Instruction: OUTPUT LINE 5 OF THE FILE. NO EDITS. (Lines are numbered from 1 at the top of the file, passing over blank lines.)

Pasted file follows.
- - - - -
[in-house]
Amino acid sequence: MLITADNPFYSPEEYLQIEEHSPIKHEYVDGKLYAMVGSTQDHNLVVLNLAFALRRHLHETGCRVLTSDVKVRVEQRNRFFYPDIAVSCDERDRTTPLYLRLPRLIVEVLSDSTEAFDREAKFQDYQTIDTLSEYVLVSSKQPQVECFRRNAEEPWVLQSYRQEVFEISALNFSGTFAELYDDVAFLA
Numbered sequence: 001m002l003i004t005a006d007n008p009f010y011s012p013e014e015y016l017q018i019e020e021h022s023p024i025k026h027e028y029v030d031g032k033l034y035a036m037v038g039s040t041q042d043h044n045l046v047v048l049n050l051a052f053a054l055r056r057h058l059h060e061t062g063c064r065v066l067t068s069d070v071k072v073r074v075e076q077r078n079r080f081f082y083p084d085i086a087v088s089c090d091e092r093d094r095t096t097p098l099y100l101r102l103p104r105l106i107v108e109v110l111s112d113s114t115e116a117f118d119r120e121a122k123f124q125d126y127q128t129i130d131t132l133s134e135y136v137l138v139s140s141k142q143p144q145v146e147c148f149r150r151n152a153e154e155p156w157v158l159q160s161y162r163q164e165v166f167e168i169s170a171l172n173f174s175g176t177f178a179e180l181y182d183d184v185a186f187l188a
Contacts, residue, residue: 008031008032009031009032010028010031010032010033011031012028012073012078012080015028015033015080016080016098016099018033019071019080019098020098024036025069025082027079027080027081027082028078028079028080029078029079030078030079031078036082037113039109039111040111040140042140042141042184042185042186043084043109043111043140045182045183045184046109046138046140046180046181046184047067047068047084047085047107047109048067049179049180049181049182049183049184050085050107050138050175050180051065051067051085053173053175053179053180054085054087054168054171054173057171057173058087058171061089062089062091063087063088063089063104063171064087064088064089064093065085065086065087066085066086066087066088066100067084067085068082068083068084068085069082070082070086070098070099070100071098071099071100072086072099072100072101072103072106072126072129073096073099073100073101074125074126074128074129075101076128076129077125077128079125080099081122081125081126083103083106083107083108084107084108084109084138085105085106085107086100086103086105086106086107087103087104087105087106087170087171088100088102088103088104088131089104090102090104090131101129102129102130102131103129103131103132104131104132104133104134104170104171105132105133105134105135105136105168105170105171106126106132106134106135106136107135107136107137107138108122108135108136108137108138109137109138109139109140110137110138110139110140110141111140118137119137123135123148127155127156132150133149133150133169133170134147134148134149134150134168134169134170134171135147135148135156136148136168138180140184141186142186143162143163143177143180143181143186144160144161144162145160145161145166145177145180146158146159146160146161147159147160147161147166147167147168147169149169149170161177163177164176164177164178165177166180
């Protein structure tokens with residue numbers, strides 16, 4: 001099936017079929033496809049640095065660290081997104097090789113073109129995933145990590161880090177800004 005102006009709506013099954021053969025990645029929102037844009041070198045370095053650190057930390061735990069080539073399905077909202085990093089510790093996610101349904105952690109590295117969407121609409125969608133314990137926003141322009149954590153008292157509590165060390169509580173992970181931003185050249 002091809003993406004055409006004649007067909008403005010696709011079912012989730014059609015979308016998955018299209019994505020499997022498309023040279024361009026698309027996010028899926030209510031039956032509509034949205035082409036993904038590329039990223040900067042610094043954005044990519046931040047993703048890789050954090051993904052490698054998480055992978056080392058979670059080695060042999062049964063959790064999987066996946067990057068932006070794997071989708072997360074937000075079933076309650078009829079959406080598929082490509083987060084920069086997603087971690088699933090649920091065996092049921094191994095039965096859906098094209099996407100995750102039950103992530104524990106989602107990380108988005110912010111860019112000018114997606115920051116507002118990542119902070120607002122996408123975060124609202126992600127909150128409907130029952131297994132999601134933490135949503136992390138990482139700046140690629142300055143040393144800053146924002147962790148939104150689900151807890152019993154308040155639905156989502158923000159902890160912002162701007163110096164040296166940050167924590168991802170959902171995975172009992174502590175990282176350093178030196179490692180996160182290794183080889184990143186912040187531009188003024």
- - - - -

């Protein structure tokens with residue numbers, strides 16, 4: 001099936017079929033496809049640095065660290081997104097090789113073109129995933145990590161880090177800004 005102006009709506013099954021053969025990645029929102037844009041070198045370095053650190057930390061735990069080539073399905077909202085990093089510790093996610101349904105952690109590295117969407121609409125969608133314990137926003141322009149954590153008292157509590165060390169509580173992970181931003185050249 002091809003993406004055409006004649007067909008403005010696709011079912012989730014059609015979308016998955018299209019994505020499997022498309023040279024361009026698309027996010028899926030209510031039956032509509034949205035082409036993904038590329039990223040900067042610094043954005044990519046931040047993703048890789050954090051993904052490698054998480055992978056080392058979670059080695060042999062049964063959790064999987066996946067990057068932006070794997071989708072997360074937000075079933076309650078009829079959406080598929082490509083987060084920069086997603087971690088699933090649920091065996092049921094191994095039965096859906098094209099996407100995750102039950103992530104524990106989602107990380108988005110912010111860019112000018114997606115920051116507002118990542119902070120607002122996408123975060124609202126992600127909150128409907130029952131297994132999601134933490135949503136992390138990482139700046140690629142300055143040393144800053146924002147962790148939104150689900151807890152019993154308040155639905156989502158923000159902890160912002162701007163110096164040296166940050167924590168991802170959902171995975172009992174502590175990282176350093178030196179490692180996160182290794183080889184990143186912040187531009188003024």